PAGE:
Makoto Fujimura’s Worldview


In last week’s post, I introduced The Fabric of Faithfulness (Garber). This book traces three habits that help connect what we believe with how we live, in college and in our careers after graduation. These three include a comprehensive worldview, community and character. I love hearing stories of people living consistently, adhering to their beliefs with integrity and letting them shape how they relate to people, how they philosophize, how they make art. Fujimura is a Japanese contemporary painter living in New York. He’s also a teacher, having lectured at Yale and Princeton and founded the International Arts Movement, which promotes dialogue between artists about faith, culture and humanity.

His faith and the work of the gospel in his life pervades his art. My favorite of his series works is Gold. He uses gold leaf and powder faithfully in the Japanese tradition. In this series, Fujimura encounters beauty through the golden fire, portraying sanctification, destruction and the wrestling within our own souls to accept grace and to let ourselves be shaped by God.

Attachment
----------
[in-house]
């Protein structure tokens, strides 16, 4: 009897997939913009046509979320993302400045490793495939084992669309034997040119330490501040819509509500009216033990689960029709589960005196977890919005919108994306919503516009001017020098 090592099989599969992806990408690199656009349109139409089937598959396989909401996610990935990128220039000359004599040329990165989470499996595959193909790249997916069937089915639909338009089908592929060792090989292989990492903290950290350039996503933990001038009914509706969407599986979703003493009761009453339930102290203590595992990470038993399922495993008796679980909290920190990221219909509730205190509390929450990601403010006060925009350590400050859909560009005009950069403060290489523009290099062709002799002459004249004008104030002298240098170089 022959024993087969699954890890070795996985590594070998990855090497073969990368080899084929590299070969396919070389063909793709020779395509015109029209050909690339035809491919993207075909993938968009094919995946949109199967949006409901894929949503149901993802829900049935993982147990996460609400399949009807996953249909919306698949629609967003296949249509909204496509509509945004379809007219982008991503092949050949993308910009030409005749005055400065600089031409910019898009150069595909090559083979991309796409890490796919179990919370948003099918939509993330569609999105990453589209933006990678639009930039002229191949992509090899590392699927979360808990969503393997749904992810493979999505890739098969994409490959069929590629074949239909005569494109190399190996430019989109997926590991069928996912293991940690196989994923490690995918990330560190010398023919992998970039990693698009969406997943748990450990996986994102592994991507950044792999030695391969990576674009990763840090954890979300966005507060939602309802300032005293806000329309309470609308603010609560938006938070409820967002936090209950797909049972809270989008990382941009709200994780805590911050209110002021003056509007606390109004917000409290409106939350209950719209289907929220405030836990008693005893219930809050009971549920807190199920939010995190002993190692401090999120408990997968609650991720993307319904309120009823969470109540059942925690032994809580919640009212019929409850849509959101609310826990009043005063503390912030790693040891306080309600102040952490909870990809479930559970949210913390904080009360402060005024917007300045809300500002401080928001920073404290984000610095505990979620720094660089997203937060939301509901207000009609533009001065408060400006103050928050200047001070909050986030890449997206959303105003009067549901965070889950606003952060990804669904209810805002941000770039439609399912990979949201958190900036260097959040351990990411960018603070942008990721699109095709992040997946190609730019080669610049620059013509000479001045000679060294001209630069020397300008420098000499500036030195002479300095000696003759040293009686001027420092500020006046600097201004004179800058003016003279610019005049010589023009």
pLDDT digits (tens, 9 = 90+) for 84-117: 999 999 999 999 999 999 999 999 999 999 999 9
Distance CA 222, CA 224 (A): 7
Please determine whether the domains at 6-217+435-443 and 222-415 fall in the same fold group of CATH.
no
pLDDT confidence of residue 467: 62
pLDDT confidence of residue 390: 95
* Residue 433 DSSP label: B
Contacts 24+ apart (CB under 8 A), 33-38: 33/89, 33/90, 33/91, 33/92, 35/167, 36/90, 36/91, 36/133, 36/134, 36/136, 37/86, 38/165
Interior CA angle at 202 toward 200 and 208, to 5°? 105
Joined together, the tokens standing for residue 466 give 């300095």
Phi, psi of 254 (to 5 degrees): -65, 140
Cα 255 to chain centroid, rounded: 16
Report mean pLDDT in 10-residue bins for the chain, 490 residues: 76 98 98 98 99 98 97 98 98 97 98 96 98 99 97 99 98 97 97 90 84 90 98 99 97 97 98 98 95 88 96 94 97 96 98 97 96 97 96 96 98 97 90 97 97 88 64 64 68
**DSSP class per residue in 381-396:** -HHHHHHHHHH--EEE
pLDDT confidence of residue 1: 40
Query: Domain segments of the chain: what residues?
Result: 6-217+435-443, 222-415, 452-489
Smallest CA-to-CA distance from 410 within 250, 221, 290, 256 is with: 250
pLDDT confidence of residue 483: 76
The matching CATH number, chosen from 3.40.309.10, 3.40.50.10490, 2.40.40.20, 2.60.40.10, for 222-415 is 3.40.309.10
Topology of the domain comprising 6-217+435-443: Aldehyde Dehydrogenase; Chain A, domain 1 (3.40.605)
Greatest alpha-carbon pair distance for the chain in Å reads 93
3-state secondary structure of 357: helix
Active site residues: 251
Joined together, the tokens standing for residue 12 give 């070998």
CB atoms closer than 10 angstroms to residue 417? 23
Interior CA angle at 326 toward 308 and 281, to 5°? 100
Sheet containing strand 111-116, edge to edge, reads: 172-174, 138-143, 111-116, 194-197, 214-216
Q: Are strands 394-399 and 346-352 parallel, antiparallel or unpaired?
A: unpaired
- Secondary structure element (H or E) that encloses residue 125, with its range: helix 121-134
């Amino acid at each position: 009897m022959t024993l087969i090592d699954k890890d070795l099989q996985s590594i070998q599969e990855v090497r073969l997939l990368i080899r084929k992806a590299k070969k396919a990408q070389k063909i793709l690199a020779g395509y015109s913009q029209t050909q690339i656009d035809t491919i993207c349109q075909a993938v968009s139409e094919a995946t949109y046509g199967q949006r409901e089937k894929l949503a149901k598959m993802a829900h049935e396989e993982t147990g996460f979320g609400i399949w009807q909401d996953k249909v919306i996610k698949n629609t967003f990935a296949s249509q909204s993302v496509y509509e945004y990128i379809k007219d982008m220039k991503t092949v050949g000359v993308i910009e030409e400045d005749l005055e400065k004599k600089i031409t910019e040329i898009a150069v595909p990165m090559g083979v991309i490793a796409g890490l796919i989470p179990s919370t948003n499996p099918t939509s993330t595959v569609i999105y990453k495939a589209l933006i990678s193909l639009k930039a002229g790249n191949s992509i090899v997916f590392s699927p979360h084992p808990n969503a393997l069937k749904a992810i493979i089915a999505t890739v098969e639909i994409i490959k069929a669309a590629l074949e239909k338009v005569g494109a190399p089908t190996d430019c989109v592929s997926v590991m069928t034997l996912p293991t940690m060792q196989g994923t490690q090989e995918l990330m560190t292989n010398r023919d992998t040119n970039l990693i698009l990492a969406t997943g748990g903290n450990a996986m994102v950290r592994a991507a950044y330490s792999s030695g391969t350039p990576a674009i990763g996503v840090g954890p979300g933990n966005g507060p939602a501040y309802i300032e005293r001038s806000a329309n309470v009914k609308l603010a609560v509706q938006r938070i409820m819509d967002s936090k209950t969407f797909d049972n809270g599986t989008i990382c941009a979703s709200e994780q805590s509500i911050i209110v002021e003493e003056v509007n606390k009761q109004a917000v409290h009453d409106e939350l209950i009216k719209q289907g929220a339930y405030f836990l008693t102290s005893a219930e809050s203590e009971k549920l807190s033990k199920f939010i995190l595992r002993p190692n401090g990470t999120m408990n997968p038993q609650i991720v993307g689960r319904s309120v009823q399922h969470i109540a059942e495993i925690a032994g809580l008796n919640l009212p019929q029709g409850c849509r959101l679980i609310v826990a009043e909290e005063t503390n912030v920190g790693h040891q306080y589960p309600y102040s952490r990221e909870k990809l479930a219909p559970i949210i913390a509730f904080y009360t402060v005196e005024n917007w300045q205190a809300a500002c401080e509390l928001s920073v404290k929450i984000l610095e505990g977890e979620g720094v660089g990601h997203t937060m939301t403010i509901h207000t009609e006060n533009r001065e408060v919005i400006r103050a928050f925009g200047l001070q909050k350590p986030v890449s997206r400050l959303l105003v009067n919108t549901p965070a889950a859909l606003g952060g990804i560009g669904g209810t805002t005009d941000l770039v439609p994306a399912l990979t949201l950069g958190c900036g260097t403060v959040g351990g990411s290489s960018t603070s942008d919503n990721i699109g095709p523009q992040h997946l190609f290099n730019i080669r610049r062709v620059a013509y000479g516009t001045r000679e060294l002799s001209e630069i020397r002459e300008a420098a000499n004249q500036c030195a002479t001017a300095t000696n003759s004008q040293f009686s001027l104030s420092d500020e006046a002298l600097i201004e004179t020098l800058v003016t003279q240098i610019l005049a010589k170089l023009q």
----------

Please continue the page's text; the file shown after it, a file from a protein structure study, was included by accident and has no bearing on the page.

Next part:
In a letter to young artists, Fujimura rebukes the legalist’s approach to art and religion. We either strive to earn certain behaviors and results or instead accept grace that comes to us now and in the future through faith in Christ. He writes:
Strict moralism has never produced great art. Like Mary’s expensive oil, our expression flows out as a response to grace in our lives. Even if you are not cognizant of a grace reality, you can still create in the possibility of future grace. That takes faith to do, but if you can do that, you will be joining so many artists of the past who wrestled deeply with faith, doubt, poverty, rejection, longing and yet chose to create. Know that the author of creativity longs for you to barge in, break open the gift you have been saving; he will not only receive you, he can bring you purpose behind the battle, and rebuke those who reject you […]
So endeavor to create generatively.  Don’t be a critic when you create. You can look at your work later and discern what is good. Your growth as an artist is not in being able to impress others, or even God.
Check out more of his work here.
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